The gist of Katie’s story is that, almost as soon as she and Dan move Greenloop, Mount Rainier erupts, causing mudslides that cut off Greenloop from the outside world or from any escape by the residents.  That’s when things start going downhill, and boy do they go downhill FAST. I should point out that the course of the entire story takes place over approximately two weeks.  Not two months, or even two years, two WEEKS.  Because that’s how fast a bunch of liberal elites would fall apart if left of their own, according to the author anyway. 

Almost immediately people are panicking about rationing food, how long before they might get rescued, whether or not they can host their yoga classes, etc.  And of course they have no emergency supplies because, why would they?  At one point Katie even points out that there isn’t a hammer in the whole village.  I mean, really?  Really?

“How many people in L.A. have earthquake kits?  How many Midwesterners are ready for tornadoes or northeasterners for blizzards?  How many Gulf Coast residents stock up for hurricane season?” – PAGE 79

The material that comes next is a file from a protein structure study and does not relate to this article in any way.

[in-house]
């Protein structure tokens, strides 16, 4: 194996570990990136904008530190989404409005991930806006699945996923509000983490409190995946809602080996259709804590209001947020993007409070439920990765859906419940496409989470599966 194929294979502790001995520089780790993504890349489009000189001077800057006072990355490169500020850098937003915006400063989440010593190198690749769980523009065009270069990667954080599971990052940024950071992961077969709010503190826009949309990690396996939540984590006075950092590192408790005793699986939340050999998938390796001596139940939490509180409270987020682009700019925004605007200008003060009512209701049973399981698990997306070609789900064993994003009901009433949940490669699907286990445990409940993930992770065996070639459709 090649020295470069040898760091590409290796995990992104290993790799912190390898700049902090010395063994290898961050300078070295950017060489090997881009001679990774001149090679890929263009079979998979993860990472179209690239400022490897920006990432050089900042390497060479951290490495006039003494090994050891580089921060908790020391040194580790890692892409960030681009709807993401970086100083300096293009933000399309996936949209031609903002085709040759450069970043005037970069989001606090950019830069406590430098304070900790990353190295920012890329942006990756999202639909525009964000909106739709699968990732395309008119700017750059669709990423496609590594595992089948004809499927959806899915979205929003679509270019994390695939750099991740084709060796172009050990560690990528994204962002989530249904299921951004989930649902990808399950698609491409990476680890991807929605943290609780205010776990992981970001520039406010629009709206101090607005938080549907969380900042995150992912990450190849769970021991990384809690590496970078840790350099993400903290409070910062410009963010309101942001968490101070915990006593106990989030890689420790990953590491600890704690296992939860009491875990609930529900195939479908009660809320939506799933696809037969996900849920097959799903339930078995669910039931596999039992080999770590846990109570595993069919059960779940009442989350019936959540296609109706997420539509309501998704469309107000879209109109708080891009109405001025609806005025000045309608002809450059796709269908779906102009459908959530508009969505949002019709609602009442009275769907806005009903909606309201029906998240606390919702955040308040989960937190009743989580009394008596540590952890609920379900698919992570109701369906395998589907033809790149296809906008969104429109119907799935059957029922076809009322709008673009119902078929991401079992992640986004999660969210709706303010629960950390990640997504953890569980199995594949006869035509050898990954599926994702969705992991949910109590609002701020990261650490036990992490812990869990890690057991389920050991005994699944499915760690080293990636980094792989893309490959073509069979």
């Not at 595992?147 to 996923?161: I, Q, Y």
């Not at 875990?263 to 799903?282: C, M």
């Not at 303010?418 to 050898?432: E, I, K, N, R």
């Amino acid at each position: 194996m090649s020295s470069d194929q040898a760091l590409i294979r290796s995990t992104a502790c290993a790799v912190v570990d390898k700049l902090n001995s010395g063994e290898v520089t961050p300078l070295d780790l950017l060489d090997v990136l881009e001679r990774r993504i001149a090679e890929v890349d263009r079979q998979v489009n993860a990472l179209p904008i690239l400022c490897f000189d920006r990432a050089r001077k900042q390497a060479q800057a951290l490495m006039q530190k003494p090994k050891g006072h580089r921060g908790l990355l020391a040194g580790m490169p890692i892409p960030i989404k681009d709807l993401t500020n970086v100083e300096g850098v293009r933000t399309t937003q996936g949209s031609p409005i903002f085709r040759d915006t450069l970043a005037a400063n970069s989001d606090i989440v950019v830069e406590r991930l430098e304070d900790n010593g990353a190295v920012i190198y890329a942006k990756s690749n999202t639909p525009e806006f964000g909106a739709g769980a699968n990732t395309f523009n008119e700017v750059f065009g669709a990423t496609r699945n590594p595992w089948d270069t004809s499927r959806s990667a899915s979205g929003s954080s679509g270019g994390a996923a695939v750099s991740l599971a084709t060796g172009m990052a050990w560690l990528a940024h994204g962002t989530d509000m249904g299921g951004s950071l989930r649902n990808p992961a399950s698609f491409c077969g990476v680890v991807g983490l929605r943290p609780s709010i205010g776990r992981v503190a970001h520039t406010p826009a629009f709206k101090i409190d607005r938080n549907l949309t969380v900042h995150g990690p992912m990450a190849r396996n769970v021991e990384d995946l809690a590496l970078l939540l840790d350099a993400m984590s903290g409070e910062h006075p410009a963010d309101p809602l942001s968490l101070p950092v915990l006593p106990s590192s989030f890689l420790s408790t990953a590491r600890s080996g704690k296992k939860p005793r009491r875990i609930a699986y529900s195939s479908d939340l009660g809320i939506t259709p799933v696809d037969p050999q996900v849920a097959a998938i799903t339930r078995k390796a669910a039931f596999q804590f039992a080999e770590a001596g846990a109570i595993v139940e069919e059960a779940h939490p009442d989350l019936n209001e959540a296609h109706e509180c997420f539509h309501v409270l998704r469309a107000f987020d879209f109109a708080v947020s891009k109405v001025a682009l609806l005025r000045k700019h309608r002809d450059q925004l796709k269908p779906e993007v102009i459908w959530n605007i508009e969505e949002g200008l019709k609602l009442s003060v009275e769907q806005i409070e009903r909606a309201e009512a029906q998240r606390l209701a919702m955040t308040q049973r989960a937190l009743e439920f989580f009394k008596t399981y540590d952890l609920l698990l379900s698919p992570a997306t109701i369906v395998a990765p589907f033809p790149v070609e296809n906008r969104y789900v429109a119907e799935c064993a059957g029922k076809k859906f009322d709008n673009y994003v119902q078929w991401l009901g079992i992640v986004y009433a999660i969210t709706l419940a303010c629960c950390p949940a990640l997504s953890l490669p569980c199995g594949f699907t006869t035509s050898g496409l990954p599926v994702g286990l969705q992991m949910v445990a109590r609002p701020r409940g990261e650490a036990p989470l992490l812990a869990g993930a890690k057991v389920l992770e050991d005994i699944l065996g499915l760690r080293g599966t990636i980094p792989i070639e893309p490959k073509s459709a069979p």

Obviously way more than you’d think, lady.

If you’re wondering where bigfoot fits into all this, so was I for over half the book.  In fact, you could probably just skip the entire first half of the book and not really miss out on much.  Bigfoot does eventually show, and then immediately proceeds to go on a murderous rampage with some sort of loosey-goosey survival of the fittest trite thrown in for good measure.  


Considering how clueless and inept these people are, you can pretty much guess what happens.  There’s no real satisfaction in watching them band together because it’s like giving a group of babies pencils and telling them to defend themselves against a rabid dog. Only in the babies case, you can sort of forgive them for being so helpless and inexperienced.

The very bottom line.  Like, it’s way down there.

If Max Brooks was trying to make some kind of point with this book about how technology is making us all soft, he failed spectacularly.  Instead he’s written a book about some unbelievably stupid characters that mostly get eaten by giant chimpanzee due to their own incompetence.  So much of this book just felt lazy in the extreme, from the setup to the timeline to the depictions of a historic cryptid.  It’s kind of telling when the most interesting parts of the book were actually excerpts from Teddy Roosevelt’s 1923 book The Wildness Hunter about bigfoot.